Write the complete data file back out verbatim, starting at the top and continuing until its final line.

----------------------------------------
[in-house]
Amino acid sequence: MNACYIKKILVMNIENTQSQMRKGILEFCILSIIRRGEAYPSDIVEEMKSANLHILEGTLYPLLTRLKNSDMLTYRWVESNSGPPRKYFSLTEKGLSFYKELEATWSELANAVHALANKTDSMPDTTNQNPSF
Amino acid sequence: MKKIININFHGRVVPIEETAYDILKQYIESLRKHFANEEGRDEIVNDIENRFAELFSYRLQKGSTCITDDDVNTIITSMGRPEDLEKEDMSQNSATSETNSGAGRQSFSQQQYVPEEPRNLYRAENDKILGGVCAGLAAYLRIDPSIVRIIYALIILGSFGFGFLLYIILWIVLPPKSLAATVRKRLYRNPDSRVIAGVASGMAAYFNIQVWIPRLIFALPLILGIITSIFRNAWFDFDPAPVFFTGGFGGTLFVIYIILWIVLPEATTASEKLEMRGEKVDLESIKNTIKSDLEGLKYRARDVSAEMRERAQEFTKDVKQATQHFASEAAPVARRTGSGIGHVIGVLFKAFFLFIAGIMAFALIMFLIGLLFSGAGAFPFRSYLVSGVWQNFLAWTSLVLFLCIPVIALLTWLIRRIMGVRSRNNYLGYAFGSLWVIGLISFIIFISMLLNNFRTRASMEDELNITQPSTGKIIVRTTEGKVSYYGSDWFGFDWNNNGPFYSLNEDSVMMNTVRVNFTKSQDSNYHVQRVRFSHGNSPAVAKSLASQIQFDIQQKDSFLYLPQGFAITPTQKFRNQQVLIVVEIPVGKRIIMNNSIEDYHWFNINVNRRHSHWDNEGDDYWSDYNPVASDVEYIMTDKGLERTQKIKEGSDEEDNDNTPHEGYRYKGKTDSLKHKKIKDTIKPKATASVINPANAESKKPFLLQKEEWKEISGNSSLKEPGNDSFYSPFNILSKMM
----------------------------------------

[in-house]
Amino acid sequence: MNACYIKKILVMNIENTQSQMRKGILEFCILSIIRRGEAYPSDIVEEMKSANLHILEGTLYPLLTRLKNSDMLTYRWVESNSGPPRKYFSLTEKGLSFYKELEATWSELANAVHALANKTDSMPDTTNQNPSF
Amino acid sequence: MKKIININFHGRVVPIEETAYDILKQYIESLRKHFANEEGRDEIVNDIENRFAELFSYRLQKGSTCITDDDVNTIITSMGRPEDLEKEDMSQNSATSETNSGAGRQSFSQQQYVPEEPRNLYRAENDKILGGVCAGLAAYLRIDPSIVRIIYALIILGSFGFGFLLYIILWIVLPPKSLAATVRKRLYRNPDSRVIAGVASGMAAYFNIQVWIPRLIFALPLILGIITSIFRNAWFDFDPAPVFFTGGFGGTLFVIYIILWIVLPEATTASEKLEMRGEKVDLESIKNTIKSDLEGLKYRARDVSAEMRERAQEFTKDVKQATQHFASEAAPVARRTGSGIGHVIGVLFKAFFLFIAGIMAFALIMFLIGLLFSGAGAFPFRSYLVSGVWQNFLAWTSLVLFLCIPVIALLTWLIRRIMGVRSRNNYLGYAFGSLWVIGLISFIIFISMLLNNFRTRASMEDELNITQPSTGKIIVRTTEGKVSYYGSDWFGFDWNNNGPFYSLNEDSVMMNTVRVNFTKSQDSNYHVQRVRFSHGNSPAVAKSLASQIQFDIQQKDSFLYLPQGFAITPTQKFRNQQVLIVVEIPVGKRIIMNNSIEDYHWFNINVNRRHSHWDNEGDDYWSDYNPVASDVEYIMTDKGLERTQKIKEGSDEEDNDNTPHEGYRYKGKTDSLKHKKIKDTIKPKATASVINPANAESKKPFLLQKEEWKEISGNSSLKEPGNDSFYSPFNILSKMM